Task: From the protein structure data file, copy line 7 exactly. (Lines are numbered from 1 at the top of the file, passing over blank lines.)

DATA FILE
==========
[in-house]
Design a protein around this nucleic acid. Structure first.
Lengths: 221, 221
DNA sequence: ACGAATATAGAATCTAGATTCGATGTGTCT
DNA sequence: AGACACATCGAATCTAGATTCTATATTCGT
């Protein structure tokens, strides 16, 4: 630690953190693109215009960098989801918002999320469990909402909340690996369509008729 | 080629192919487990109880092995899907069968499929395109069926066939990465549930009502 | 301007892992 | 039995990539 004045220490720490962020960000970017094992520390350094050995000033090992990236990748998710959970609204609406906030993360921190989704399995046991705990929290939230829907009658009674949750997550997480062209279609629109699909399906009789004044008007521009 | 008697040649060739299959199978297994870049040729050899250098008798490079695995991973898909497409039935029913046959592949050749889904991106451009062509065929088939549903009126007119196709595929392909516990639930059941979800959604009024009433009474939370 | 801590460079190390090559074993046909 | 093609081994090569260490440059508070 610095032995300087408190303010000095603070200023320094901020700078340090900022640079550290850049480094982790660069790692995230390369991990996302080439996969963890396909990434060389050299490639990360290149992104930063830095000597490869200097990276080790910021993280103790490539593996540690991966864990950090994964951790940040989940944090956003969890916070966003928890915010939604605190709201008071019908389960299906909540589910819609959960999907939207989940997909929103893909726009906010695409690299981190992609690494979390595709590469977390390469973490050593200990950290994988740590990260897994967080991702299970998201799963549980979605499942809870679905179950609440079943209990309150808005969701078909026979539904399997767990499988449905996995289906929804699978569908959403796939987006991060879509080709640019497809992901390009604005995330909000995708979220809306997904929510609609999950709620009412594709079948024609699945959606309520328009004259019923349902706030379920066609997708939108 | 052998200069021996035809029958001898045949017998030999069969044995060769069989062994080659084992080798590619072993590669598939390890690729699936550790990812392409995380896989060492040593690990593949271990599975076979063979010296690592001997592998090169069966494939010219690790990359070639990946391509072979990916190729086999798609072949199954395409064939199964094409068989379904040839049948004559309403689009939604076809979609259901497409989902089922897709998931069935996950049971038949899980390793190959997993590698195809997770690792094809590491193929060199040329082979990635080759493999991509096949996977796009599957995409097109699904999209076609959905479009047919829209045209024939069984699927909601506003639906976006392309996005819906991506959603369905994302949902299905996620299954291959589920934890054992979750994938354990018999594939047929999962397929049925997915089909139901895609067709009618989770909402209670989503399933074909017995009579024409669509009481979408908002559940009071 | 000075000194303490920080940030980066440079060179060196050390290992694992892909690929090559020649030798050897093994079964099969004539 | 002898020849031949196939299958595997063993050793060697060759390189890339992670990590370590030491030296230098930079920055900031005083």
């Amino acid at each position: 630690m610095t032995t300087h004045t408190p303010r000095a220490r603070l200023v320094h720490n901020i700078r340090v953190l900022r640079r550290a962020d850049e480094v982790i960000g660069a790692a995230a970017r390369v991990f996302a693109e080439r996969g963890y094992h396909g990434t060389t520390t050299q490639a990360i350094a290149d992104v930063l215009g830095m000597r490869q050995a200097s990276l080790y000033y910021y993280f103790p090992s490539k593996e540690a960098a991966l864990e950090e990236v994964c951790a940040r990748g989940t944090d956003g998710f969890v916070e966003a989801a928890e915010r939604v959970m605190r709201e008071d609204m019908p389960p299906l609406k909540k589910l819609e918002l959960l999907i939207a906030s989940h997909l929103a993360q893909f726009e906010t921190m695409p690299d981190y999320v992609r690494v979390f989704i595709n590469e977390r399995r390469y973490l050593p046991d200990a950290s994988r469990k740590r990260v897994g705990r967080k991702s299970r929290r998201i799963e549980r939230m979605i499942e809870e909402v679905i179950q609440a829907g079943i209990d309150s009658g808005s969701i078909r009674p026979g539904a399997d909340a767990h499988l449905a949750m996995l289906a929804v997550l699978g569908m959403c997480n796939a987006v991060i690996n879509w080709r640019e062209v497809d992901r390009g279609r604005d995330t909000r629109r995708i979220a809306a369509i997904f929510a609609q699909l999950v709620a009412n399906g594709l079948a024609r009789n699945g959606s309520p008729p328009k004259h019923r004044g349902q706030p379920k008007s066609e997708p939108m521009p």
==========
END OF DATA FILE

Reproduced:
């Amino acid at each position: 630690m610095t032995t300087h004045t408190p303010r000095a220490r603070l200023v320094h720490n901020i700078r340090v953190l900022r640079r550290a962020d850049e480094v982790i960000g660069a790692a995230a970017r390369v991990f996302a693109e080439r996969g963890y094992h396909g990434t060389t520390t050299q490639a990360i350094a290149d992104v930063l215009g830095m000597r490869q050995a200097s990276l080790y000033y910021y993280f103790p090992s490539k593996e540690a960098a991966l864990e950090e990236v994964c951790a940040r990748g989940t944090d956003g998710f969890v916070e966003a989801a928890e915010r939604v959970m605190r709201e008071d609204m019908p389960p299906l609406k909540k589910l819609e918002l959960l999907i939207a906030s989940h997909l929103a993360q893909f726009e906010t921190m695409p690299d981190y999320v992609r690494v979390f989704i595709n590469e977390r399995r390469y973490l050593p046991d200990a950290s994988r469990k740590r990260v897994g705990r967080k991702s299970r929290r998201i799963e549980r939230m979605i499942e809870e909402v679905i179950q609440a829907g079943i209990d309150s009658g808005s969701i078909r009674p026979g539904a399997d909340a767990h499988l449905a949750m996995l289906a929804v997550l699978g569908m959403c997480n796939a987006v991060i690996n879509w080709r640019e062209v497809d992901r390009g279609r604005d995330t909000r629109r995708i979220a809306a369509i997904f929510a609609q699909l999950v709620a009412n399906g594709l079948a024609r009789n699945g959606s309520p008729p328009k004259h019923r004044g349902q706030p379920k008007s066609e997708p939108m521009p």